These taxes apply to individuals and are usually based on a sliding scale that is determined by their income, net wealth, expenditures and socioeconomic considerations. Some examples include:
This tax is levied on any income generated by an individual or corporation. This is usually based on a sliding scale that is determined by brackets. Different brackets apply based on the type of entity.
These are fixed taxes that are determined by the size and location of the owner’s property. Land, improvement and building taxes all fall under this category. The government’s calculations are either calculated on an annual or once every five years, depending on the jurisdiction.
This is a once-off tax that is imposed on the net value of a property before it is passed on to the previous owner’s heirs.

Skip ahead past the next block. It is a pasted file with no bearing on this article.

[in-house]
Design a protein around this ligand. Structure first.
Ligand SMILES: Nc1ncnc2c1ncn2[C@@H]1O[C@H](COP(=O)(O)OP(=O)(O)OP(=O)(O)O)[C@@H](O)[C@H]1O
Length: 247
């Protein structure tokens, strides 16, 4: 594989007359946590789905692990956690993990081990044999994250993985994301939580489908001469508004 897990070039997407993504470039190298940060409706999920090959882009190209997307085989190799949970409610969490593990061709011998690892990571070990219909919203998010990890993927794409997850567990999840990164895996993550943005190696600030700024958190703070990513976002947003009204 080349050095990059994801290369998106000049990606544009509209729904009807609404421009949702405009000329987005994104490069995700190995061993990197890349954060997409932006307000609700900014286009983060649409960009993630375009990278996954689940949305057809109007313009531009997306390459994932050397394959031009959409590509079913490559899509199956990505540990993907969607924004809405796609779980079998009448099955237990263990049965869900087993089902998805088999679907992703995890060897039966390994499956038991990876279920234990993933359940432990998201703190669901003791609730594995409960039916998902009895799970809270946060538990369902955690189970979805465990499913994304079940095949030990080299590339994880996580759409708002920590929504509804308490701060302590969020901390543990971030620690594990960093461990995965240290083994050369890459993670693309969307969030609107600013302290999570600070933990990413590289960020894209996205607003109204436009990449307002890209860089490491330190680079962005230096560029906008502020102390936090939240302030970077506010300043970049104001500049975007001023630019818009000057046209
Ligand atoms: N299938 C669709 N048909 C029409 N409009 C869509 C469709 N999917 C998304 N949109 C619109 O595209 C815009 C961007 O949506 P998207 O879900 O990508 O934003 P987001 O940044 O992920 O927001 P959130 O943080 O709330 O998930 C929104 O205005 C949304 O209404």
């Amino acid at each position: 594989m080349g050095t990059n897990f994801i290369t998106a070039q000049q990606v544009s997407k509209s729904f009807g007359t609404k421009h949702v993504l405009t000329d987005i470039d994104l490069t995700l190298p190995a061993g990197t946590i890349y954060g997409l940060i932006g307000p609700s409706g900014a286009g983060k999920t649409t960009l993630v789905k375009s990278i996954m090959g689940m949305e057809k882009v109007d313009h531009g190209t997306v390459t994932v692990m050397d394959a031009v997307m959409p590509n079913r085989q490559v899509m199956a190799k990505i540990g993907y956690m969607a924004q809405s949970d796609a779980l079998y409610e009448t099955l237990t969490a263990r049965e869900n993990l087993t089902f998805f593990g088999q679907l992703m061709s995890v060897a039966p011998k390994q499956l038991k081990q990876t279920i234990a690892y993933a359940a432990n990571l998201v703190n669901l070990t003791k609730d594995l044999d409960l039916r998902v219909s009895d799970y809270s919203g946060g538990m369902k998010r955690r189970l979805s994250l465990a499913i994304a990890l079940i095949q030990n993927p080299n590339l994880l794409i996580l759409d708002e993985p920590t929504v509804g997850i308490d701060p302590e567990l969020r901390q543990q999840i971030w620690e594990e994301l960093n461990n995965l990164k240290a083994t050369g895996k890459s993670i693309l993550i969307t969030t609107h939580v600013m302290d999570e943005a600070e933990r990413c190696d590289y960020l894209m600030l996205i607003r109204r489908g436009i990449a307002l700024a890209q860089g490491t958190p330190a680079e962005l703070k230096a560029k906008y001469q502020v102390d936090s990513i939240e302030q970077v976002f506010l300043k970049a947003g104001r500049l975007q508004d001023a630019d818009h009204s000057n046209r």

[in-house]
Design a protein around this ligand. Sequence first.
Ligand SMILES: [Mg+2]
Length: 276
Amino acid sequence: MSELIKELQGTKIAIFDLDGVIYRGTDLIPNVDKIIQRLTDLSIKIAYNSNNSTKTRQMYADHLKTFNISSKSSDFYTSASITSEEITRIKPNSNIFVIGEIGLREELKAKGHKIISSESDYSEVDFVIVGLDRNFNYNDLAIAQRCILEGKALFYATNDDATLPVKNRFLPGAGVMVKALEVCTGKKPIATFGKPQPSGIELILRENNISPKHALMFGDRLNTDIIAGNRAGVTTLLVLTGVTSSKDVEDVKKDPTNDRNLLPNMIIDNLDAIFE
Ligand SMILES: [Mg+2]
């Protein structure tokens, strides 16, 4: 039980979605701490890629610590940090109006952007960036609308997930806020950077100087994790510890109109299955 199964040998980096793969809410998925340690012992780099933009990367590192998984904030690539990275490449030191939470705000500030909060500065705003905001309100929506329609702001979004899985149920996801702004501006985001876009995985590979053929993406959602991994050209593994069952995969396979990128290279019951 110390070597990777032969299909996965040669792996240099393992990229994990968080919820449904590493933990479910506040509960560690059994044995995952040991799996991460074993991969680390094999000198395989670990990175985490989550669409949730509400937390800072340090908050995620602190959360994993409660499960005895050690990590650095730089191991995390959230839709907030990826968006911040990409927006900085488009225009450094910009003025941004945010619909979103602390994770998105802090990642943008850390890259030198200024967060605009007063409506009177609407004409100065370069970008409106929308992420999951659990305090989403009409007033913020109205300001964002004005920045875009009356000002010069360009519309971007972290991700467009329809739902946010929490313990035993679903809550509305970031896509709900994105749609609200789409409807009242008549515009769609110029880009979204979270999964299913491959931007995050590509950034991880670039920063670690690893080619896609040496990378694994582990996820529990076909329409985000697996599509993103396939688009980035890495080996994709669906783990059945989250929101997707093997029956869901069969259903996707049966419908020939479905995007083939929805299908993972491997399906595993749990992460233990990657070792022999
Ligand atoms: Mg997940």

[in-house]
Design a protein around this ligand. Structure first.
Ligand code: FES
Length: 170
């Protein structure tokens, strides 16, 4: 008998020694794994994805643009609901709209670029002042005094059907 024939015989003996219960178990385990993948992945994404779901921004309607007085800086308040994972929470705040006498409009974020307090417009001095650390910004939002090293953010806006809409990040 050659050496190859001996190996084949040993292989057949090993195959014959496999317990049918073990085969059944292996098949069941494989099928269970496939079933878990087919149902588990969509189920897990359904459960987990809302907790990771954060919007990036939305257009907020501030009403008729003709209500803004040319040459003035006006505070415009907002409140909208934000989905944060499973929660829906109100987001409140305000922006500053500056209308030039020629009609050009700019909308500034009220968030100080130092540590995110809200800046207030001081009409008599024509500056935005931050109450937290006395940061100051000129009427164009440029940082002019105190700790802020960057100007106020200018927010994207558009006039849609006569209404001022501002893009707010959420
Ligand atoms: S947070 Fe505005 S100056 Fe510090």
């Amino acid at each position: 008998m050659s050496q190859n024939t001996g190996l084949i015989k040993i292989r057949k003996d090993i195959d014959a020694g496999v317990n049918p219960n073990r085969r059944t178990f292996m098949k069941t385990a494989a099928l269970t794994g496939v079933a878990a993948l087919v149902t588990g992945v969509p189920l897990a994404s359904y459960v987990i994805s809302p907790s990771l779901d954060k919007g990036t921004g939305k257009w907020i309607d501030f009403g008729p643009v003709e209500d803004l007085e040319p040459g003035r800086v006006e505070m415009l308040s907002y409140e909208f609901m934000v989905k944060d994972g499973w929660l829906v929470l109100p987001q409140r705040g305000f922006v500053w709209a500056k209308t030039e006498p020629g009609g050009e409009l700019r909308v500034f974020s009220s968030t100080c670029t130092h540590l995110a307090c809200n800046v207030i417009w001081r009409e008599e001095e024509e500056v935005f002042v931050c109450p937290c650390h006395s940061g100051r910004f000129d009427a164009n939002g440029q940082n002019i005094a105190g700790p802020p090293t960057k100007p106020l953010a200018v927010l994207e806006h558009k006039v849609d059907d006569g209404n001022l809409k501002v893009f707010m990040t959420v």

Similar to the above, it is another tax that is levied from the inheritors of property once the estate has been distributed among all heirs.
These are government mandated taxes that can be shared between parties in that while one party is charged the fee (the consumer) it is imposed by the supplier (such as the retailer or producer.) Examples include:
This is a tax that is charged to the consumer for spending money and is included tin the fee paid to the supplier of the good or service. In many countries, the tax is included in the overall cost given, but in the US, it is added above the overall cost. Therefore, when you are given a price of $1.00 for an item, you will actually pay ~$1.05 for it.
This is a tax that is imposed on the wages and salaries of the employee. They are usually deducted from the employer as shown on their pay slip. Often, the employers will be required to match the amount when they pay it to the government.
A tariff is the tax charged for an exported or imported good. This can either be based on the type of product purchased, such as electronics or cars, or on a product costing above a minimum amount. The purpose in this is to discourage purchasing international products in favor of local products so as to protect local industries and businesses and the overall economy.